Für dieses Blog gilt die Datenschutzerklärung, die mit meiner Homepage verknüpft ist. Sie entspricht der Datenschutzgrundverordnung (DSGVO) der EU.

For this blog, the data protection statement connected to my homepage is likewise valid. It conforms to the EU's General Data Protection Regulation (GDPR).

--> Datenschutzerklärung


Thank you, William the Conqueror!

Wikipedia tells us the following (among other things) on what teachers and pupils in Bavaria are about to begin (s.v. Holiday):



Holiday is a contraction of holy and day, holidays originally represented special religious days. This word has evolved in general usage to mean any special day of rest (as opposed to regular days of rest such as the weekend).


In the United Kingdom the word “vacation” referred specifically to the long summer break taken by the law courts (and later universities)—a custom introduced by William the Conqueror from Normandy where it was intended to facilitate the grape harvest. The French term is similar to the American English: “Les Vacances.” The term derives from the fact that, in the past, upper-class families would literally move to a summer home for part of the year, leaving their usual family home vacant.

Well – unfortunately no summer home for this family, but let’s not be ungrateful. «Les vacances» have come, at last. The great German poet Heinz Erhardt (Okay, okay: he’s not a great poet. But he’s one of Germany’s most influential humorists of the 1950s and 1960s.) wrote a charming poem on the topic which is, alas, untranslatable, because there are no common syllables in English between “jungle” and “vacation” (or “holiday”). In German, “Urlaub” (vacation) comes from Old High German urloup, which originally meant ‘permission’. Later, in the age of chivalry, this meaning narrowed to ‘permission to leave (the company of a lady)’, and in modern times it became still narrower and meant (and still means) ‘permission to leave work for a certain time’. There is still a similar, related word, Erlaubnis, that has the same general meaning as permission.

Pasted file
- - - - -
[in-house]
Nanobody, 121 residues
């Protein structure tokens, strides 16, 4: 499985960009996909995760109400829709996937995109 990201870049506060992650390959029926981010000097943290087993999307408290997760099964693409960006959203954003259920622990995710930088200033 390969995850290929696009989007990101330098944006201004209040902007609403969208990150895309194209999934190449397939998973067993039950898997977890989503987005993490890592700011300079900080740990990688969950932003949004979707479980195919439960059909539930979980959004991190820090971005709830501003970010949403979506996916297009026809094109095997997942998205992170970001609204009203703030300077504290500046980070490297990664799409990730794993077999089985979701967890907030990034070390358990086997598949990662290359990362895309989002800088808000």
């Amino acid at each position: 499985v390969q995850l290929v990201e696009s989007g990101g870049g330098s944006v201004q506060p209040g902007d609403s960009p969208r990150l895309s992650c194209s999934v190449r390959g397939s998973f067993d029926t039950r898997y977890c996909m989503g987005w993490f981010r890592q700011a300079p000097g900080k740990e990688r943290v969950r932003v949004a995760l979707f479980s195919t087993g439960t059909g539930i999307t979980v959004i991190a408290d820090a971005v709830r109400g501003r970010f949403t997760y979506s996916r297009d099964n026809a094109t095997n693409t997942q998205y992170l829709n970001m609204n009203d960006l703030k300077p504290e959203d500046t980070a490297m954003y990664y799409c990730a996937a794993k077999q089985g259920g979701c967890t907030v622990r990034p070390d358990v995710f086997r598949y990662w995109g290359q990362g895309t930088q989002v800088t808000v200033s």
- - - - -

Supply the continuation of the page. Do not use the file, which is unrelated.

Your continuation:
But German also has Ur- as a prefix, meaning ‘primitive, original, earliest’ – as the Concise Oxford Dictionary of Current English tells me, since English has absorbed it, too (as in the good English word urangst ;-) ).
It is in this sense that “Ur-” exists in the German word for ‘jungle’, Urwald. And Heinz Erhardt uses “Urwald” and the word for ‘foliage’, Laub, to play on “Ur-Laub”/”Urlaub”.

Ich geh im Urwald für mich hin …
Wie schön, dass ich im Urwald bin:
Man kann hier noch so lange wandern,
ein Urbaum steht neben dem andern.
Und an den Bäumen, Blatt für Blatt,
hängt Urlaub.
Schön, dass man ihn hat!

On that note, here’s wishing carefree vacations to all my readers, either now or whenever you have them :-)

3 comments to Thank you, William the Conqueror!

  • Let us give thanks to William, and the vine! (I intend to do so this evening, actually.)

    Here’s to the holidays!

  • William Northey

    A little wine is good for the heart? (Red especially). Well I am not sure in my case! Perhaps I drank too much red wine. However despite heart disease I still imbibe in the hope it still has some benefit as well as the pleasure – so thank you my namesake William!
    Prefix Ur- … printed music that goes back unedited to the composers original thoughts is called Urtext – so now I know why.
    Enjoy your holidays one and all – and here’s to a healthy glass of red!

  • rip

    @Thomas and William: Here’s to both of you, and the holidays, and good health to all :-)